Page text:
Bardo Shares Global Perspectives with English Students

Seated on a small, wooden desk and dressed in cowboy boots and a bow-tie, Seth Bardo, Instructor in English, reads portions of James Marshall’s anthology of “George and Martha” to his students. To Bardo, “A day without a poem is a day lost.”

Bardo’s passion for English and teaching has spanned his 29 years at Phillips Academy. He found himself drawn to literature because of a middle school teacher.

Bardo said, “When I was in junior high school, my father died. One of my teachers gave me a book by James Agee, called “A Death in the Family,” about a father dying and a young boy dealing with that. It really helped me figure out some things about what I was going through.”

“There was this whole new world that these teachers were introducing me to, and that made it a much richer life. I figured if they could do that for me, I was going to try to see if I could do that for other kids.”

Beyond his his own experience as an english student, Bardo has drawn from his experiences teaching in Tanzania, Tasmania, Costa Rica and France to integrate global perspectives in his classroom.

During a sabbatical six years ago, Bardo taught at a school in Tanzania for five months and lived in Costa Rica for three months. Bardo says his time spent traveling greatly influenced his worldview.

Since his sabbatical abroad, he has integrated his travel experiences into his curriculum by teaching a Senior elective on literature and film from Sub-Saharan Africa. He said the class pushed him to explore a larger scope of literature for in-class reading.

“[The experience] pushed me to read lots of new, interesting things. There’s some really terrific young African writers. and that’s been a whole new sphere of study for me,” said Bardo.

Bardo now has some of his students read “Graceland,” by Chris Abani, a story of a Nigerian boy, and “The Brave, Wondrous Life of Oscar Wao,” by Junot Diaz, which focuses on the life of a boy from the Dominican Republic.

“These are all books that 10 years ago I would never have taught, never considered. And now it’s what I do,” Bardo said.

This Winter Term, Bardo will be working with Diane Moore, Instructor in Philosophy and Religion, to teach an interdisciplinary course titled “Abbot Global Seminar: Encounters,” using funds from a three year Abbot Grant. Students taking the course will have opportunities to explore a variety of global topics and ethical issues.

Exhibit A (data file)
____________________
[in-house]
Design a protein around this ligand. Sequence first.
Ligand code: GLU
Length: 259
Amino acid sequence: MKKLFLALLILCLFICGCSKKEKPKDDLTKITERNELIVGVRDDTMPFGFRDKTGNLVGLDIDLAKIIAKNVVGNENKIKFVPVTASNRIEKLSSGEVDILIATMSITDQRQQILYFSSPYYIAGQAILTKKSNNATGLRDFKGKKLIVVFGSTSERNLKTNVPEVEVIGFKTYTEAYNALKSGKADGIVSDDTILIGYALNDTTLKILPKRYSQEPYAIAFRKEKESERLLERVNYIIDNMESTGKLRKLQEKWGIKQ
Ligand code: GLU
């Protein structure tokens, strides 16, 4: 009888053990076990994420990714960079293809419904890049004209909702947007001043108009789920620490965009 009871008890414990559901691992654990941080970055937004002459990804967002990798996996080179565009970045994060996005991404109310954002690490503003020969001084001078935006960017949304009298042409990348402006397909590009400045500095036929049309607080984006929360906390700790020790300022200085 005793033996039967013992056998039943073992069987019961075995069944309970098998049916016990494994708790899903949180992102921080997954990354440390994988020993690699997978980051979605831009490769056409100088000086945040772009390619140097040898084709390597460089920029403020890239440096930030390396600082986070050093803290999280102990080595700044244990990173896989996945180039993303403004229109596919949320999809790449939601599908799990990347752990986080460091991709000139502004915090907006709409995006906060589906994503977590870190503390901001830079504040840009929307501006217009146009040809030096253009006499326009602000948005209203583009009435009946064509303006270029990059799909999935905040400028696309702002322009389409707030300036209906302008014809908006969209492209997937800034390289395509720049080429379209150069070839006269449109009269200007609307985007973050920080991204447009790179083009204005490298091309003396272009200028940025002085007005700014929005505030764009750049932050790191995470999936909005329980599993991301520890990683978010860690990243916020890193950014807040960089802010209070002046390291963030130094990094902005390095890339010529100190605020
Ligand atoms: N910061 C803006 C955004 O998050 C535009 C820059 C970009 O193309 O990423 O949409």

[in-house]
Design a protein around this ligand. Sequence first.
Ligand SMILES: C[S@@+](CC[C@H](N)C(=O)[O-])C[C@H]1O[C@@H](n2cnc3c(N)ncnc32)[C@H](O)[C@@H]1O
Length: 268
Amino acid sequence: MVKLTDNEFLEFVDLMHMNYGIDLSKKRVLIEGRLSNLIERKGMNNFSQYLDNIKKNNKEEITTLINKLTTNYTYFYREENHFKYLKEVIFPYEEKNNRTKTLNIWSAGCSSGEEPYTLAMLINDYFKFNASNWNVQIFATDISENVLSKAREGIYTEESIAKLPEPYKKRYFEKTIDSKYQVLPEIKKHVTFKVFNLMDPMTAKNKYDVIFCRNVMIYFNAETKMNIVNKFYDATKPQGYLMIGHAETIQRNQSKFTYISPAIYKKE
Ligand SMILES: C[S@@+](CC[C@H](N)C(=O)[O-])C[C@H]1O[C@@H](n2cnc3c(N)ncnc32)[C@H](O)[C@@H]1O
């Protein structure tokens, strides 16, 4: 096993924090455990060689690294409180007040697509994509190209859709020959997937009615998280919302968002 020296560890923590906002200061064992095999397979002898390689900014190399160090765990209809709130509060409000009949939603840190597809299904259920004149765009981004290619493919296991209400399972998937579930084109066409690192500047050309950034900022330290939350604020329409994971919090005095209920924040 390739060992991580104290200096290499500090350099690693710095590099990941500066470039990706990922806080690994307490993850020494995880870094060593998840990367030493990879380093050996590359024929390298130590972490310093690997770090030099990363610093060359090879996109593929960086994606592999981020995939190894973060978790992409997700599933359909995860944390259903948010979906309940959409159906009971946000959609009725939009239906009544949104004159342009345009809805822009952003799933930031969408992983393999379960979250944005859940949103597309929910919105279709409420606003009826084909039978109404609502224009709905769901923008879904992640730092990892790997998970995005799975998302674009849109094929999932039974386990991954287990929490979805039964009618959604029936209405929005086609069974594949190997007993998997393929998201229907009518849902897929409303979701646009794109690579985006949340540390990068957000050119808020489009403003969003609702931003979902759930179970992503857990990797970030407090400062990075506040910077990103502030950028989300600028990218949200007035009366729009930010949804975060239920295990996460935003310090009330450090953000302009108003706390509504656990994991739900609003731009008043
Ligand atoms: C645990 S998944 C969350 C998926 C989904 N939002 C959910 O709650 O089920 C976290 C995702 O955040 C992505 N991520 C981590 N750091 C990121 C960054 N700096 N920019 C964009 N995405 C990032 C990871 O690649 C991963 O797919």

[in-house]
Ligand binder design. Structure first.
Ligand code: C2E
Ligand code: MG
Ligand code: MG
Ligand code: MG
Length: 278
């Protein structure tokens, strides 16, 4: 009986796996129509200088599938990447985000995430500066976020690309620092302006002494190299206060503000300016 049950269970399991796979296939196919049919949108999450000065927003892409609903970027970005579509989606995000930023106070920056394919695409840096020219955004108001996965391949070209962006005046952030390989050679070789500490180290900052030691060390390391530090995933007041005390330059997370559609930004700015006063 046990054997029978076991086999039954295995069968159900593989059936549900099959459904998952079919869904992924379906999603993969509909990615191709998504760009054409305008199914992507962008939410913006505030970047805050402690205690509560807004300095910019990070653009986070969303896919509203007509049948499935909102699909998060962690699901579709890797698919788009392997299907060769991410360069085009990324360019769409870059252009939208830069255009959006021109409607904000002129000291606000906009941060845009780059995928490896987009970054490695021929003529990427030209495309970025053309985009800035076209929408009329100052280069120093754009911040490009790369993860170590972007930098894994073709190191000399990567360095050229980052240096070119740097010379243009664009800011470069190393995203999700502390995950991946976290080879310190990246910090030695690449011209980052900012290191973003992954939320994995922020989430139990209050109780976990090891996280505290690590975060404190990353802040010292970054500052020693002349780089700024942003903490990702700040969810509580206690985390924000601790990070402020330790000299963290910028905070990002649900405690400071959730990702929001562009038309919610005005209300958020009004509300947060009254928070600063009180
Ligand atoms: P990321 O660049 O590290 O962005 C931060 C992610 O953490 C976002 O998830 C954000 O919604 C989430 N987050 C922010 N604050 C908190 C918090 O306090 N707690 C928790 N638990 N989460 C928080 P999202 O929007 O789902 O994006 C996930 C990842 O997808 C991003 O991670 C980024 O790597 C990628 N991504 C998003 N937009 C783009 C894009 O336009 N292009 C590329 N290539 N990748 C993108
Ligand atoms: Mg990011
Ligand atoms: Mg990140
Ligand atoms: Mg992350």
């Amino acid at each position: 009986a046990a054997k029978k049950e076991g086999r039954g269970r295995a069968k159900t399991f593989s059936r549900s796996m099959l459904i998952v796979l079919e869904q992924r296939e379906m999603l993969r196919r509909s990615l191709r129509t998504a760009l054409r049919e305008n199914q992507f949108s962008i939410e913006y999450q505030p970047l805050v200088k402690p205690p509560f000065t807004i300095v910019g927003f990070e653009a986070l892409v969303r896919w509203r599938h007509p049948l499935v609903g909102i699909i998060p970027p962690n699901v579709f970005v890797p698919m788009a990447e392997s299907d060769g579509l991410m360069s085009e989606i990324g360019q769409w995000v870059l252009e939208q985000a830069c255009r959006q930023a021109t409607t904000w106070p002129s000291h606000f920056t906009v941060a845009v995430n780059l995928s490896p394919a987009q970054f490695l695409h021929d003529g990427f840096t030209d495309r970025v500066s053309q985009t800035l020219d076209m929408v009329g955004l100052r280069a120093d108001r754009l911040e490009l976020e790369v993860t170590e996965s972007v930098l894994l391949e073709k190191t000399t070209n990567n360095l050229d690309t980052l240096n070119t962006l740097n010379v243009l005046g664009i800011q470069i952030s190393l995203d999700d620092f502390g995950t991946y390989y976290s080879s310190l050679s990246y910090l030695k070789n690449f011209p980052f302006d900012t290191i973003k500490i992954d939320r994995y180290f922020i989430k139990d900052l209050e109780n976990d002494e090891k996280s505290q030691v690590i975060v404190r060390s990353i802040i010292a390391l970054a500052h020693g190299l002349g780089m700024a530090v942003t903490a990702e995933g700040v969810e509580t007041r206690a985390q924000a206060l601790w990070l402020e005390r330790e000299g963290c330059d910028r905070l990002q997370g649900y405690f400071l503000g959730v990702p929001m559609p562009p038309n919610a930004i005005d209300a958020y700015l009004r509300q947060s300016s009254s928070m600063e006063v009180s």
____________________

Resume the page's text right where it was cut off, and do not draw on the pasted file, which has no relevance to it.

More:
Bardo and Moore are working to bring in related speakers for the students to meet on a weekly basis.

During spring term, students who stay with the class will have the option of doing community service for academic credit. Bardo said that, although students will be working in Lawrence this year, he hopes to add service opportunities in South Africa and Mumbai in following years.

“[Dr. Moore and I] both feel very similar about a world view and educating kids to feel empowered, to change things,” said Bardo.

Bardo has taught interdisciplinary courses in the past and feels a variety of subjects can come together to allow students to address a complex, interconnected world.

He said, “Disciplines aren’t separate. These things aren’t isolated unto themselves. There are threads that are interconnected all the time. And we know this, and we know that increasingly global issues have to be solved with people from all kinds of disciplines. [Students] have to be asking questions, they have to be bringing different expertise and they have to be collaborating”

Outside of the classroom, Bardo enjoys loud music, particularly jazz, and riding his motorcycle through the rural quiet around his house in the Berkshires, Vt.

A native of Long Island, N.Y., he attended public school before matriculating at Yale and Harvard Universities.

He taught in a public high school for 10 years in western Massachusetts, until he learned about Andover from one of his students, who invited him to visit campus in 1981.

“I didn’t go through any sort of head-hunters or anything like that. I wrote five letters to five different schools. I didn’t know anything about any of the schools. This was way before the Internet. I had to go to the library to get some addresses…Andover was the first to call me,” said Bardo.

Bardo says he found himself appreciating Andover’s supportive community and students’ enthusiasm.

“There’s kind of a wonderful ethos in Bulfinch about sharing…the feeling that when you enter this building where you teach your classes, that people are there kind of as cheerleaders and helping you out,” said Bardo.

Bardo teaches English 100, the required English course for Juniors. “I really like that energy and the kind of enthusiasm that ninth graders bring and their naïveté,” said Bardo.

For these younger students, Bardo keeps his class fast moving and light hearted.

“I think you just need to bring, particularly to the ninth graders, a sense of serendipity and certainly a sense of humor,” said Bardo.

In addition, Bardo teaches an array of senior English electives. Bardo enjoys teaching seminar classes as well as observing the growth many Seniors have made since freshman year.

“I think of the fifteen students in [my Senior elective] class, more than five of them were ninth graders in my class. I get to see them, all these years later, how much they’ve grown and matured and that’s really quite wonderful too,” said Bardo.